Alien: Covenant is better than Prometheus and has plenty of gore and blood to go around, but it doesn't live up to the iconic Alien — no matter how much it tries.
Director: Ridley Scott
Summary: The crew of a colony ship, bound for a remote planet, discover an uncharted paradise with a threat beyond their imagination, and must attempt a harrowing escape.
There are inherent problems with doing prequels. The Star Wars prequels ran into the problem that "we know how this ends" and "we know who lives and who dies." The Alien prequels are keen to take a great mythology and explain it so much that it loses all of its weight. The question becomes: "Do we need to know how the xenomorphs were created? Does that change the appeal of the original movie?" It doesn't, and it's starting to feel like director Ridley Scott is in the process of getting lost within his own mythology.
While Prometheus was barely an Alien prequel, Alien: Covenant at least features some things that look familiar to fans of the original. However, while Alien was a horror movie and Prometheus was more of a psychological thriller, Alien: Covenant feels much more like a slasher movie than anything else. It's not as deep or meaningful as it thinks it is, but it does know how to build tension and creative kills for its cannon-fodder cast.
The cannon-fodder cast is one of the problems of the movie. This is a crew of 15 people, and I could only remember the names of three of them at the most. As we watched person after person being killed in very creative ways, there is very little investment for the audience beyond shock factor.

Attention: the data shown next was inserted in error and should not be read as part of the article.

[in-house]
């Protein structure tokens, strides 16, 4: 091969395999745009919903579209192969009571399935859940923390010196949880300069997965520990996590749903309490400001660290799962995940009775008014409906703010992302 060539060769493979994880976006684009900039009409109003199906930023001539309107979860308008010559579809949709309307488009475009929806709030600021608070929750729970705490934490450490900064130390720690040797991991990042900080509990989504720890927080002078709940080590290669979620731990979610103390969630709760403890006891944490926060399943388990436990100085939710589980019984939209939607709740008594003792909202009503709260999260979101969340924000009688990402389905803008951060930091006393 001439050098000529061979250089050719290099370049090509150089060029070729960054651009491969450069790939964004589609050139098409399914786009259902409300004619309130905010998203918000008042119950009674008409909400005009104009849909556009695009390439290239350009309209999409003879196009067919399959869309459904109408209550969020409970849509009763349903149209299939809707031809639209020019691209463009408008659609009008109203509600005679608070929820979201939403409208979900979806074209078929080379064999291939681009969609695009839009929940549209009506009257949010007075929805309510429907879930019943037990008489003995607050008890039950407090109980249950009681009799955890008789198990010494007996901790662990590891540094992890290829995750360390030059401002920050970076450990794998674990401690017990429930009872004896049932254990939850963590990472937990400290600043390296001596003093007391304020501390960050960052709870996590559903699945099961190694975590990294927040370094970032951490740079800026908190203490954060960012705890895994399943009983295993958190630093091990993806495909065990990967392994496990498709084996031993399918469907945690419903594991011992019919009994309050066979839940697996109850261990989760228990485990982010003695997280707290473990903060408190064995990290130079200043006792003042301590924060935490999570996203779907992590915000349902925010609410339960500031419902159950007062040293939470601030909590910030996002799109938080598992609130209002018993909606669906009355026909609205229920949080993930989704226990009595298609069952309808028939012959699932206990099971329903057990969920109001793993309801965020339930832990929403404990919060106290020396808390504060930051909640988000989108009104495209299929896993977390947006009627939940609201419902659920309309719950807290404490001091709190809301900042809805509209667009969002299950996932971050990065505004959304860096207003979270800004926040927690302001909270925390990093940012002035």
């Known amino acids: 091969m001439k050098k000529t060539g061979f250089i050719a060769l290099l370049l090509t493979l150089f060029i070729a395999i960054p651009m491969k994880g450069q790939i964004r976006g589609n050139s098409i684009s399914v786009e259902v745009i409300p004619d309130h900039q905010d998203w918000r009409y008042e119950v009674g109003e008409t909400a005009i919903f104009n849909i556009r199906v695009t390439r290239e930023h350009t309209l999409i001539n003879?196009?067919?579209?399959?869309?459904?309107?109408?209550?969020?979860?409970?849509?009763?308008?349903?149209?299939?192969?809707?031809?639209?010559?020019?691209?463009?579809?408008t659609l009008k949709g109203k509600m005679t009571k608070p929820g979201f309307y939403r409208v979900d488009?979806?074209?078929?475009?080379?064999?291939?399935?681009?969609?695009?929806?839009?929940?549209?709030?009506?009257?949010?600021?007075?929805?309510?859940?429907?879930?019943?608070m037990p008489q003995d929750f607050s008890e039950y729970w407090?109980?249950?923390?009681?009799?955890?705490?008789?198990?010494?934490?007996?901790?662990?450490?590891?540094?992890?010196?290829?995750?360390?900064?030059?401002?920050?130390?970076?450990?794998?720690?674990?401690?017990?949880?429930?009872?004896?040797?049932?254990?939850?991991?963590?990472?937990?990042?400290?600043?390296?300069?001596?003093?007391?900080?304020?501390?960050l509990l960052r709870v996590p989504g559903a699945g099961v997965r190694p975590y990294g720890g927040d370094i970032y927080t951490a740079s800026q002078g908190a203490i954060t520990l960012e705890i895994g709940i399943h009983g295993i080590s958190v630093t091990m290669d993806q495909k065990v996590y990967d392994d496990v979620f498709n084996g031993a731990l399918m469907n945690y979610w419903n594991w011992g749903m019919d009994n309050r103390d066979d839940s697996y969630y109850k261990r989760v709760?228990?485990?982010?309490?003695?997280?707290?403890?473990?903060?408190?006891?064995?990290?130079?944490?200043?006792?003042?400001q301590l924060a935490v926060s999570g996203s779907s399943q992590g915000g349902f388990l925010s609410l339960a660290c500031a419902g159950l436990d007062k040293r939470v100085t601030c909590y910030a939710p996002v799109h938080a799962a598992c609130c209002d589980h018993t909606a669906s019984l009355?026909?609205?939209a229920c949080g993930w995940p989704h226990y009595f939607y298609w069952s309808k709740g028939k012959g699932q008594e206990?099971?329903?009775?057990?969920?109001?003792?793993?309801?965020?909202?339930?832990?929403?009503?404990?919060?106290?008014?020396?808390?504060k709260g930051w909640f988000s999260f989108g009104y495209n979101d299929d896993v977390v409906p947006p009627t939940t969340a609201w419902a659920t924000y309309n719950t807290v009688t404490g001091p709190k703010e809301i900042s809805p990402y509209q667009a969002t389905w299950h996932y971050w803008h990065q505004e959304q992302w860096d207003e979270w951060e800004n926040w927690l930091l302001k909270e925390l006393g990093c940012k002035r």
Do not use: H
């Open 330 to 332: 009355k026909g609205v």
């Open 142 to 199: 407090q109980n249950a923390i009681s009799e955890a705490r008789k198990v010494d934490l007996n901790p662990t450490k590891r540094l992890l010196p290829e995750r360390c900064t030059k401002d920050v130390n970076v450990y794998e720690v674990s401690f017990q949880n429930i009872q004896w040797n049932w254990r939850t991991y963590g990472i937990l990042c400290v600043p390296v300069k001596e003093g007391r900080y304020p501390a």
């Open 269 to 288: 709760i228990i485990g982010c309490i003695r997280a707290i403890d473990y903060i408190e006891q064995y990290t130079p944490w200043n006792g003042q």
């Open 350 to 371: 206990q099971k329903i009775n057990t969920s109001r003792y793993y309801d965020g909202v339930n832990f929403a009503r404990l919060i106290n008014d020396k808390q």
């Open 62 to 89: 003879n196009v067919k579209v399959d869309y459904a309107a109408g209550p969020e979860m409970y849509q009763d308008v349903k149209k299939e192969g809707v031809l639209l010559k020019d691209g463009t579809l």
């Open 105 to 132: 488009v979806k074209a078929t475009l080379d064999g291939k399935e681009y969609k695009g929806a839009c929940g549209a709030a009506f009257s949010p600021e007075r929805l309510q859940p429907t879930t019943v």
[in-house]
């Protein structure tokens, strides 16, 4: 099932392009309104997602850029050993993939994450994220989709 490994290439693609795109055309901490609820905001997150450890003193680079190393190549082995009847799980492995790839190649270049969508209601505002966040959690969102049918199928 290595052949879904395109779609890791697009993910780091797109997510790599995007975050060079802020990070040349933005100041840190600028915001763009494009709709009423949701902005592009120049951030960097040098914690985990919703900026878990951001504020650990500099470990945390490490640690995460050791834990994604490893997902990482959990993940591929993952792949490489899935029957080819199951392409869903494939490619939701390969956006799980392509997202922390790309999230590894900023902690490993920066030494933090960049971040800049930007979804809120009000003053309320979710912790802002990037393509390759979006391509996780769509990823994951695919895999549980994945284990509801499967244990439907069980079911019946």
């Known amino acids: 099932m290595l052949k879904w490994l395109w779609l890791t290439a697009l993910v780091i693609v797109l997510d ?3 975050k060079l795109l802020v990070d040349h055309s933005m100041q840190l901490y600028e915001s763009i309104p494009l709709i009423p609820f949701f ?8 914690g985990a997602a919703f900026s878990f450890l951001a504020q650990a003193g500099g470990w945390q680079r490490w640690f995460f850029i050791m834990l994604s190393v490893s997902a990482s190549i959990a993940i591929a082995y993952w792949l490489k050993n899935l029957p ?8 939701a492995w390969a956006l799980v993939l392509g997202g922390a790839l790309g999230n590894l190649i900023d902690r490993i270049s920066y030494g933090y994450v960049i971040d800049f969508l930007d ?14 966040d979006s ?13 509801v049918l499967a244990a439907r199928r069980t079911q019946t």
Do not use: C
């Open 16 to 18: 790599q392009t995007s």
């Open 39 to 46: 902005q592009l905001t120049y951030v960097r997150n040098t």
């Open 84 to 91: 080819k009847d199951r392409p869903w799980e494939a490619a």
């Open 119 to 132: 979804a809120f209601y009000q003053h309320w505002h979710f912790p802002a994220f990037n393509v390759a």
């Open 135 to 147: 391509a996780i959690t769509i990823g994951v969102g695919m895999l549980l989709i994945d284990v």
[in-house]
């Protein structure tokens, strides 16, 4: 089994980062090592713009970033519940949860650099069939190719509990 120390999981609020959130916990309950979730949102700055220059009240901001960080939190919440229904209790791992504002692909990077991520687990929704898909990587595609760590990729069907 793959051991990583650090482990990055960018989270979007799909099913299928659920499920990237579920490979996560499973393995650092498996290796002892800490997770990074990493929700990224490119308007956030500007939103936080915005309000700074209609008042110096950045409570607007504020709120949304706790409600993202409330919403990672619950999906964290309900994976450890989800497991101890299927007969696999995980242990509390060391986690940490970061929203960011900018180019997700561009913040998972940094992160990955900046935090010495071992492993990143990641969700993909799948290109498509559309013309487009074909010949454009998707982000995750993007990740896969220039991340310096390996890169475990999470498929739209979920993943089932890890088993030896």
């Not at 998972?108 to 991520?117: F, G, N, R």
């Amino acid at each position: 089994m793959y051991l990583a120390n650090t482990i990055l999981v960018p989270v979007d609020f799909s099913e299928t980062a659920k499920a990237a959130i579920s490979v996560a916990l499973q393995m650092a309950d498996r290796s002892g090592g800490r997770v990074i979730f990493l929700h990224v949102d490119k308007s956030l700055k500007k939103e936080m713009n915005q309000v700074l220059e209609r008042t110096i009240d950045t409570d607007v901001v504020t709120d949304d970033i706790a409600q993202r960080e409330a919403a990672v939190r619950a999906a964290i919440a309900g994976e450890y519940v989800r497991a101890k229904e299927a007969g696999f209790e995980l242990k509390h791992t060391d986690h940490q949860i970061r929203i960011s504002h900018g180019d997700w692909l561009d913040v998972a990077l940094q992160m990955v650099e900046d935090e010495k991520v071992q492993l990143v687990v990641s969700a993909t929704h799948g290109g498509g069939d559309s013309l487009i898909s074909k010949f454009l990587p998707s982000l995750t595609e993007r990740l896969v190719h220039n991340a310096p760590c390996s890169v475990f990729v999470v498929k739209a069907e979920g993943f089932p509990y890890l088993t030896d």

The only people that really matter in the end are Daniels (Katherine Waterston) and Walter (Michael Fassbender), with Oram (Billy Crudup) and Tennessee (Danny McBride) being slightly larger blips on the radar. There were too many people introduced too quickly for us to care about their fates beyond a body count. Perhaps that's enough for some, but it can make the moments leading up to their deaths almost boring because you don't really care about these characters. Granted, the kills are well staged and great to watch, so you end up becoming more invested in seeing how the person is going to die rather than if they do — which feels much more like a slasher movie than a horror movie.
The staging and tension are all very well done, though. While it takes a little longer for things to get going (almost 40 minutes into a two-hour movie), it does a good enough job of raising the stakes and letting us know exactly what's going on. Here is the situation, here is why they are stuck, and here is how they are going to get out of it. It does answer some questions from Prometheus, but people looking for more Alien-specific lore being answered are likely going to have to wait for another movie.
The slower pace at the beginning gave the second act the opportunity to go completely bonkers in the best kind of way. However, there is almost a false ending going into the final act that made the entire movie trip. It's not a dealbreaker, but the juxtaposition between the "bloodbath" and the "everything is okay, no, really, oh wait, it isn't," was a little jarring. That transition could have been a little smoother and makes the second act feel more intense than the third.
Alien: Covenant is pretty good, but nothing to write home about. While fans of the series are likely going to walk away pretty happy, the rest of us got a decent slasher movie with some good performances and iconography that we all know. Whether or not we need two more of these is up for debate, but the ending of this one left the doors open in a very interesting way. It's worth a look, but nothing you need to run out and see right away unless you're already invested in the series.